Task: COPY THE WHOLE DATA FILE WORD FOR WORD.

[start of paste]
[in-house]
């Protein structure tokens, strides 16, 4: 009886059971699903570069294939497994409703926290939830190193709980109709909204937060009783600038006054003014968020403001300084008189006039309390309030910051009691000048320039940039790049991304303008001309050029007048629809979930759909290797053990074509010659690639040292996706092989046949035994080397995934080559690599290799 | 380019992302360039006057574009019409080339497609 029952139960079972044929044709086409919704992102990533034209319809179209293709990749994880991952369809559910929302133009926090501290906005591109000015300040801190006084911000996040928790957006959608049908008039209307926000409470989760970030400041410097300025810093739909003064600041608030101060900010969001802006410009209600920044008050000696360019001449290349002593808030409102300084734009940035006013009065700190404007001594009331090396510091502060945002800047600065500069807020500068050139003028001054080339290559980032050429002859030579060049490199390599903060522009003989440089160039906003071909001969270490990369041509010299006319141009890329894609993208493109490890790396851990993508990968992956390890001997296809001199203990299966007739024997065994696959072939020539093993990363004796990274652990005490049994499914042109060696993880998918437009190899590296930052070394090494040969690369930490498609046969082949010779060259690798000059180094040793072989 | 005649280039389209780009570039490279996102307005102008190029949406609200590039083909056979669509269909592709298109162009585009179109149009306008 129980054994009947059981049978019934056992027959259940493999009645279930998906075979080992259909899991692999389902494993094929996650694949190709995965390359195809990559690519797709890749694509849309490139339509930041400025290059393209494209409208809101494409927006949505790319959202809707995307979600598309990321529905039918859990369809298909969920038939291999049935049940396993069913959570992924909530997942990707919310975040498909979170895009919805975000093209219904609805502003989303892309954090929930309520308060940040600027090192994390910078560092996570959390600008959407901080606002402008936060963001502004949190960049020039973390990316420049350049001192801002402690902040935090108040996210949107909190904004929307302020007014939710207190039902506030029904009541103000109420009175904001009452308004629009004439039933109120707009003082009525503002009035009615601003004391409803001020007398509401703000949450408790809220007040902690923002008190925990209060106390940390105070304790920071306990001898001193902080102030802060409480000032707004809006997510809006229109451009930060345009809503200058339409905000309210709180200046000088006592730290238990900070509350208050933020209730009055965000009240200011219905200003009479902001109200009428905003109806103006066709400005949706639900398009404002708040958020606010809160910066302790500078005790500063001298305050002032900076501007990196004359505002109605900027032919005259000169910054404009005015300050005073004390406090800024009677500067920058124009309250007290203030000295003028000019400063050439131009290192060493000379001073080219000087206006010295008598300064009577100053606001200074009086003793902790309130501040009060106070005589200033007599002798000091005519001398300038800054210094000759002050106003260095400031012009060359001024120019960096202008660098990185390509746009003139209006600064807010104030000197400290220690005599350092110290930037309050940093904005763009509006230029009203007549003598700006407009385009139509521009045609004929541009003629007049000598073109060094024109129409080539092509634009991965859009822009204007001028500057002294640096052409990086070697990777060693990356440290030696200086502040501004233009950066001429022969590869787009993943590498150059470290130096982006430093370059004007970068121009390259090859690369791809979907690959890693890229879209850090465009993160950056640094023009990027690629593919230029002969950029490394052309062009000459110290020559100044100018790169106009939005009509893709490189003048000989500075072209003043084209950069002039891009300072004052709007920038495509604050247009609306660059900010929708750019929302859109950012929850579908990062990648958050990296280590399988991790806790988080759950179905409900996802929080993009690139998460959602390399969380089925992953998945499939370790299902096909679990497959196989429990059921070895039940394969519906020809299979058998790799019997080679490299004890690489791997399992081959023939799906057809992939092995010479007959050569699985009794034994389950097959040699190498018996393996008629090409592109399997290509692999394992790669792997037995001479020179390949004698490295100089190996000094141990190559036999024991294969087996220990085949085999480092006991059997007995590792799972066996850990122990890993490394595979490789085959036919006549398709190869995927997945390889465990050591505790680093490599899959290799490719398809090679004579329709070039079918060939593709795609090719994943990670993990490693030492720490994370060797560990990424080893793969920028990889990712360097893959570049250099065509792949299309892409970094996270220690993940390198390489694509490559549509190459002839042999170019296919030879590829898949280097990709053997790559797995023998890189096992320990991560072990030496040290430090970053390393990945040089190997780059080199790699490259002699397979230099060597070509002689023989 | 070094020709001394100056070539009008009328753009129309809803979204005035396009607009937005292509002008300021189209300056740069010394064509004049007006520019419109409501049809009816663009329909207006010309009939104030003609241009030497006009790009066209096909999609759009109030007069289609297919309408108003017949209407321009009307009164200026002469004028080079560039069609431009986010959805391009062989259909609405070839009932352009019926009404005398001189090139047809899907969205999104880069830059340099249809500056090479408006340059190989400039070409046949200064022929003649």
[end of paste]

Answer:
[in-house]
């Protein structure tokens, strides 16, 4: 009886059971699903570069294939497994409703926290939830190193709980109709909204937060009783600038006054003014968020403001300084008189006039309390309030910051009691000048320039940039790049991304303008001309050029007048629809979930759909290797053990074509010659690639040292996706092989046949035994080397995934080559690599290799 | 380019992302360039006057574009019409080339497609 029952139960079972044929044709086409919704992102990533034209319809179209293709990749994880991952369809559910929302133009926090501290906005591109000015300040801190006084911000996040928790957006959608049908008039209307926000409470989760970030400041410097300025810093739909003064600041608030101060900010969001802006410009209600920044008050000696360019001449290349002593808030409102300084734009940035006013009065700190404007001594009331090396510091502060945002800047600065500069807020500068050139003028001054080339290559980032050429002859030579060049490199390599903060522009003989440089160039906003071909001969270490990369041509010299006319141009890329894609993208493109490890790396851990993508990968992956390890001997296809001199203990299966007739024997065994696959072939020539093993990363004796990274652990005490049994499914042109060696993880998918437009190899590296930052070394090494040969690369930490498609046969082949010779060259690798000059180094040793072989 | 005649280039389209780009570039490279996102307005102008190029949406609200590039083909056979669509269909592709298109162009585009179109149009306008 129980054994009947059981049978019934056992027959259940493999009645279930998906075979080992259909899991692999389902494993094929996650694949190709995965390359195809990559690519797709890749694509849309490139339509930041400025290059393209494209409208809101494409927006949505790319959202809707995307979600598309990321529905039918859990369809298909969920038939291999049935049940396993069913959570992924909530997942990707919310975040498909979170895009919805975000093209219904609805502003989303892309954090929930309520308060940040600027090192994390910078560092996570959390600008959407901080606002402008936060963001502004949190960049020039973390990316420049350049001192801002402690902040935090108040996210949107909190904004929307302020007014939710207190039902506030029904009541103000109420009175904001009452308004629009004439039933109120707009003082009525503002009035009615601003004391409803001020007398509401703000949450408790809220007040902690923002008190925990209060106390940390105070304790920071306990001898001193902080102030802060409480000032707004809006997510809006229109451009930060345009809503200058339409905000309210709180200046000088006592730290238990900070509350208050933020209730009055965000009240200011219905200003009479902001109200009428905003109806103006066709400005949706639900398009404002708040958020606010809160910066302790500078005790500063001298305050002032900076501007990196004359505002109605900027032919005259000169910054404009005015300050005073004390406090800024009677500067920058124009309250007290203030000295003028000019400063050439131009290192060493000379001073080219000087206006010295008598300064009577100053606001200074009086003793902790309130501040009060106070005589200033007599002798000091005519001398300038800054210094000759002050106003260095400031012009060359001024120019960096202008660098990185390509746009003139209006600064807010104030000197400290220690005599350092110290930037309050940093904005763009509006230029009203007549003598700006407009385009139509521009045609004929541009003629007049000598073109060094024109129409080539092509634009991965859009822009204007001028500057002294640096052409990086070697990777060693990356440290030696200086502040501004233009950066001429022969590869787009993943590498150059470290130096982006430093370059004007970068121009390259090859690369791809979907690959890693890229879209850090465009993160950056640094023009990027690629593919230029002969950029490394052309062009000459110290020559100044100018790169106009939005009509893709490189003048000989500075072209003043084209950069002039891009300072004052709007920038495509604050247009609306660059900010929708750019929302859109950012929850579908990062990648958050990296280590399988991790806790988080759950179905409900996802929080993009690139998460959602390399969380089925992953998945499939370790299902096909679990497959196989429990059921070895039940394969519906020809299979058998790799019997080679490299004890690489791997399992081959023939799906057809992939092995010479007959050569699985009794034994389950097959040699190498018996393996008629090409592109399997290509692999394992790669792997037995001479020179390949004698490295100089190996000094141990190559036999024991294969087996220990085949085999480092006991059997007995590792799972066996850990122990890993490394595979490789085959036919006549398709190869995927997945390889465990050591505790680093490599899959290799490719398809090679004579329709070039079918060939593709795609090719994943990670993990490693030492720490994370060797560990990424080893793969920028990889990712360097893959570049250099065509792949299309892409970094996270220690993940390198390489694509490559549509190459002839042999170019296919030879590829898949280097990709053997790559797995023998890189096992320990991560072990030496040290430090970053390393990945040089190997780059080199790699490259002699397979230099060597070509002689023989 | 070094020709001394100056070539009008009328753009129309809803979204005035396009607009937005292509002008300021189209300056740069010394064509004049007006520019419109409501049809009816663009329909207006010309009939104030003609241009030497006009790009066209096909999609759009109030007069289609297919309408108003017949209407321009009307009164200026002469004028080079560039069609431009986010959805391009062989259909609405070839009932352009019926009404005398001189090139047809899907969205999104880069830059340099249809500056090479408006340059190989400039070409046949200064022929003649």